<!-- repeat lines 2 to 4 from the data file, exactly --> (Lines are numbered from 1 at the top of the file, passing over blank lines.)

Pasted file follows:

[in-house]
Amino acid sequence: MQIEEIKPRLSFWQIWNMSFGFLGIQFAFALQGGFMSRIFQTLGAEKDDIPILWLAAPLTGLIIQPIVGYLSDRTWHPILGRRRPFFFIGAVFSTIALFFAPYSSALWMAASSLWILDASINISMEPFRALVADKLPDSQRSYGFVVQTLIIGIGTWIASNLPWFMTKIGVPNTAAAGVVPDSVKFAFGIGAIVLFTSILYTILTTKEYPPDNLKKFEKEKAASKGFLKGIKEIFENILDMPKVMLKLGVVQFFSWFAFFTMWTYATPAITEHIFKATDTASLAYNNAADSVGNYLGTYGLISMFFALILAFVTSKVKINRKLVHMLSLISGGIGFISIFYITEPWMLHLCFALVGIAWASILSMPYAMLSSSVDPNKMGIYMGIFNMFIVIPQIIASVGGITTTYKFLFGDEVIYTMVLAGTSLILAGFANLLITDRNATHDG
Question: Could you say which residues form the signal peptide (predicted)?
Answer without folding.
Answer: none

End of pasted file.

Amino acid sequence: MQIEEIKPRLSFWQIWNMSFGFLGIQFAFALQGGFMSRIFQTLGAEKDDIPILWLAAPLTGLIIQPIVGYLSDRTWHPILGRRRPFFFIGAVFSTIALFFAPYSSALWMAASSLWILDASINISMEPFRALVADKLPDSQRSYGFVVQTLIIGIGTWIASNLPWFMTKIGVPNTAAAGVVPDSVKFAFGIGAIVLFTSILYTILTTKEYPPDNLKKFEKEKAASKGFLKGIKEIFENILDMPKVMLKLGVVQFFSWFAFFTMWTYATPAITEHIFKATDTASLAYNNAADSVGNYLGTYGLISMFFALILAFVTSKVKINRKLVHMLSLISGGIGFISIFYITEPWMLHLCFALVGIAWASILSMPYAMLSSSVDPNKMGIYMGIFNMFIVIPQIIASVGGITTTYKFLFGDEVIYTMVLAGTSLILAGFANLLITDRNATHDG
Question: Could you say which residues form the signal peptide (predicted)?
Answer without folding.